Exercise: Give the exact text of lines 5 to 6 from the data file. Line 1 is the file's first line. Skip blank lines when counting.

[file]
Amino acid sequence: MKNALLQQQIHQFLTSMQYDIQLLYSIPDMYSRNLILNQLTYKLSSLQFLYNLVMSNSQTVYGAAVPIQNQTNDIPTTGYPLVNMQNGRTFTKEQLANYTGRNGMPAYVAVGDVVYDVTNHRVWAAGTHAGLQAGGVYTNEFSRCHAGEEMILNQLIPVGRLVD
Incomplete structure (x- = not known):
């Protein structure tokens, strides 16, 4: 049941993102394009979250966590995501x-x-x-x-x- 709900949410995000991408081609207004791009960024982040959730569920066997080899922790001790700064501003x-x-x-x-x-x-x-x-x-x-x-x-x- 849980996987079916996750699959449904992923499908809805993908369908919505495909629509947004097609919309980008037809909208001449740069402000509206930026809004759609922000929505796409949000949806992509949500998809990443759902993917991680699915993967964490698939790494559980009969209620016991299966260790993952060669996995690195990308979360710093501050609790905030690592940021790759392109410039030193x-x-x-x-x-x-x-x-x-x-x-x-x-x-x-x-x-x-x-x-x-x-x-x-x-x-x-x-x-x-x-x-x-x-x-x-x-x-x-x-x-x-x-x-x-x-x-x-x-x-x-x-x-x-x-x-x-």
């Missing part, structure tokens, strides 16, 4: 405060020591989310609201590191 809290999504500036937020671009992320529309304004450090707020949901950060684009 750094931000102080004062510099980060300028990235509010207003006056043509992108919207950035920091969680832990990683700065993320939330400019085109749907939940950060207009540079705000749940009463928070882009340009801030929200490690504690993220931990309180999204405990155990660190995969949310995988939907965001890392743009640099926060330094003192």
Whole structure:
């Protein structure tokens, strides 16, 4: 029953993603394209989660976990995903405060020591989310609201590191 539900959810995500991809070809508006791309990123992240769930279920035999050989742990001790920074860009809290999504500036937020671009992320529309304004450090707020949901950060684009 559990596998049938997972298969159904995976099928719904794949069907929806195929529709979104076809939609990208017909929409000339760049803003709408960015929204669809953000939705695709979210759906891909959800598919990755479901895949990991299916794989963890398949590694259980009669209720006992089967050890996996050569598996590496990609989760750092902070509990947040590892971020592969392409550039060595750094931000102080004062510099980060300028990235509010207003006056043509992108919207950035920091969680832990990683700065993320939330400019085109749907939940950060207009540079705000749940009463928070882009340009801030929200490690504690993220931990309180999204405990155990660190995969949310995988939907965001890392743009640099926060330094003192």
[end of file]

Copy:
Whole structure:
């Protein structure tokens, strides 16, 4: 029953993603394209989660976990995903405060020591989310609201590191 539900959810995500991809070809508006791309990123992240769930279920035999050989742990001790920074860009809290999504500036937020671009992320529309304004450090707020949901950060684009 559990596998049938997972298969159904995976099928719904794949069907929806195929529709979104076809939609990208017909929409000339760049803003709408960015929204669809953000939705695709979210759906891909959800598919990755479901895949990991299916794989963890398949590694259980009669209720006992089967050890996996050569598996590496990609989760750092902070509990947040590892971020592969392409550039060595750094931000102080004062510099980060300028990235509010207003006056043509992108919207950035920091969680832990990683700065993320939330400019085109749907939940950060207009540079705000749940009463928070882009340009801030929200490690504690993220931990309180999204405990155990660190995969949310995988939907965001890392743009640099926060330094003192």